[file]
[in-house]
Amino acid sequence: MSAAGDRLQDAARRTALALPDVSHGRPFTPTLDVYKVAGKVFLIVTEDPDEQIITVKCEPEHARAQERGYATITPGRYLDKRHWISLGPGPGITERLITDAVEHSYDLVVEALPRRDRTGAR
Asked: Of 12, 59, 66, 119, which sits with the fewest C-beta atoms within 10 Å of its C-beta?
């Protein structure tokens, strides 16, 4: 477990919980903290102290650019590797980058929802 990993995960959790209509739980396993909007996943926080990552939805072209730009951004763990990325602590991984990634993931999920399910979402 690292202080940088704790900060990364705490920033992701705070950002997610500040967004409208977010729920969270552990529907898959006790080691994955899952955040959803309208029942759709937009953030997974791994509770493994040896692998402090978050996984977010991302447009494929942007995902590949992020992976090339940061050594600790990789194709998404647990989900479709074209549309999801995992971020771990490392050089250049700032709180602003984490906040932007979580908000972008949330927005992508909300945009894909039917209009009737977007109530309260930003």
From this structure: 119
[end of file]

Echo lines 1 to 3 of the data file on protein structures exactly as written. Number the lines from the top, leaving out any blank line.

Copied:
[in-house]
Amino acid sequence: MSAAGDRLQDAARRTALALPDVSHGRPFTPTLDVYKVAGKVFLIVTEDPDEQIITVKCEPEHARAQERGYATITPGRYLDKRHWISLGPGPGITERLITDAVEHSYDLVVEALPRRDRTGAR
Asked: Of 12, 59, 66, 119, which sits with the fewest C-beta atoms within 10 Å of its C-beta?